In a wide-ranging interview with the Telegraph, Apple CEO Tim Cook has hinted that the company may launch more health-focused products in future – but will keep those separate from the Apple Watch. The reason, he says, is that the FDA approval needed for full-on health devices would slow down the pace of innovation of the Watch.
Cook hints that Apple may have more plans for the health sphere, in a revelation which will intrigue Wall Street, but he doesn’t want the watch itself to become a regulated, government-licensed health product. “We don’t want to put the watch through the Food and Drug Administration (FDA) process. I wouldn’t mind putting something adjacent to the watch through it, but not the watch, because it would hold us back from innovating too much, the cycles are too long. But you can begin to envision other things that might be adjacent to it — maybe an app, maybe something else.”
This represents a significant change from expectations …
It had previously been expected that Apple would add further sensors to future models of the Watch, giving it more health and fitness functionality. Speculation has included both O2 saturation – something that could potentially have been done with the existing heart-rate monitor – and blood sugar monitoring.
While Cook is giving nothing away, suggesting that future health plans may be limited to apps, many measurements would require hardware – and it now seems that hardware won’t be built into the Watch.
He again wouldn’t be drawn on Watch sales, but said that he expected to set a new sales record this quarter – though this is pretty much a no-brainer in the holiday season. It was recently estimated that Apple has shipped 7M watches to date.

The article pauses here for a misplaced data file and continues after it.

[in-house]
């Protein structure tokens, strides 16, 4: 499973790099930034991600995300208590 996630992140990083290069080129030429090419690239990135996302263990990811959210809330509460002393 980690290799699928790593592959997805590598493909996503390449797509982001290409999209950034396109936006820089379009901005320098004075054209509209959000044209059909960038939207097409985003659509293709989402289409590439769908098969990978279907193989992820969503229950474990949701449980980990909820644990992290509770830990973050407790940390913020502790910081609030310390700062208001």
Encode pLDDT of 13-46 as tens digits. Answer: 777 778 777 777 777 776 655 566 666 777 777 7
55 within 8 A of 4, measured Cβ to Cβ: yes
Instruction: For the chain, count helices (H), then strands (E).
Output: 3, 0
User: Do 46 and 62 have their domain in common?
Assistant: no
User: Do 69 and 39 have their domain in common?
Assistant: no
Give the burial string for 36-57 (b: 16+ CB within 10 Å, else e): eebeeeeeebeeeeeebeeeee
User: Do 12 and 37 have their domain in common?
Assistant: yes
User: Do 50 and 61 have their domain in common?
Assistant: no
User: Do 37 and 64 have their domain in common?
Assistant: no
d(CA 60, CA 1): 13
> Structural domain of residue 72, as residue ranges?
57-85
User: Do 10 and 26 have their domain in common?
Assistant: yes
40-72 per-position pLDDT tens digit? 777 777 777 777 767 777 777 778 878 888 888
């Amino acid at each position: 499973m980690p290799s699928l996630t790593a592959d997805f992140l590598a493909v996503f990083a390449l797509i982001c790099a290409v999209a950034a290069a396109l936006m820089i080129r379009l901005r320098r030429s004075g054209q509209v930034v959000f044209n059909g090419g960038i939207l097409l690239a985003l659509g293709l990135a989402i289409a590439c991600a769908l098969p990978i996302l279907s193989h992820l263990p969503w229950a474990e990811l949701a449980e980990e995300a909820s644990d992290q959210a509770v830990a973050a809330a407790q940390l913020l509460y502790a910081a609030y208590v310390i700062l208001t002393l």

Similarly with the new Apple TV, he would say only that early sales have been “extremely strong, very strong.” He added that the number of apps being created have been “much larger than we would have predicted.” Given the variety of these – from games to home rentals – Cook argues that the device “will really change the living room entirely.”
He also deflected the talk of Apple offering its own TV subscription, replacing cable service, echoing non-answers given by Eddy Cue.
We will see. The key question for us is: can we do something better, that acts as a catalyst? If we conclude that we can, then we would. But I wouldn’t do something just to do something.
I think if you’re looking at a PC, why would you buy a PC anymore? No really, why would you buy one?
Yes, the iPad Pro is a replacement for a notebook or a desktop for many, many people. They will start using it and conclude they no longer need to use anything else, other than their phones.
He acknowledged that the move to larger iPhones had cannibalised existing iPad sales, but repeated an oft-heard line that Apple isn’t afraid to do so.
“I think if you have the larger phone, you’re less likely to have the iPad mini”, he says, though he insists that the demand won’t fall to zero.
Some consumers use the iPad mini to read in bed, he says, finding it more relaxing than using a phone and the busyness that goes with it. That won’t change, he believes. “But I think it clearly created some cannibalisation – which we knew would occur – but we don’t really spend any time worrying about that, because as long as we cannibalise [ourselves], it’s fine.”
Finally, Cook weighed in on the British government’s controversial Investigatory Powers Bill – which has been dubbed the Snooper’s Charter. This would require tech companies to provide decrypted versions of user communications to the authorities when presented with a warrant. Apple would currently be unable to do so for iMessages or FaceTime, as both employ end-to-end encryption, meaning that Apple doesn’t hold the key.
Any backdoor is a backdoor for everyone. Everybody wants to crack down on terrorists. Everybody wants to be secure. The question is how. Opening a backdoor can have very dire consequences […]
If you halt or weaken encryption, the people that you hurt are not the folks that want to do bad things. It’s the good people. The other people know where to go
Cook added that he was optimistic that the proposed new law will be rejected as both the public and the press are “engaged deeply” in the debate.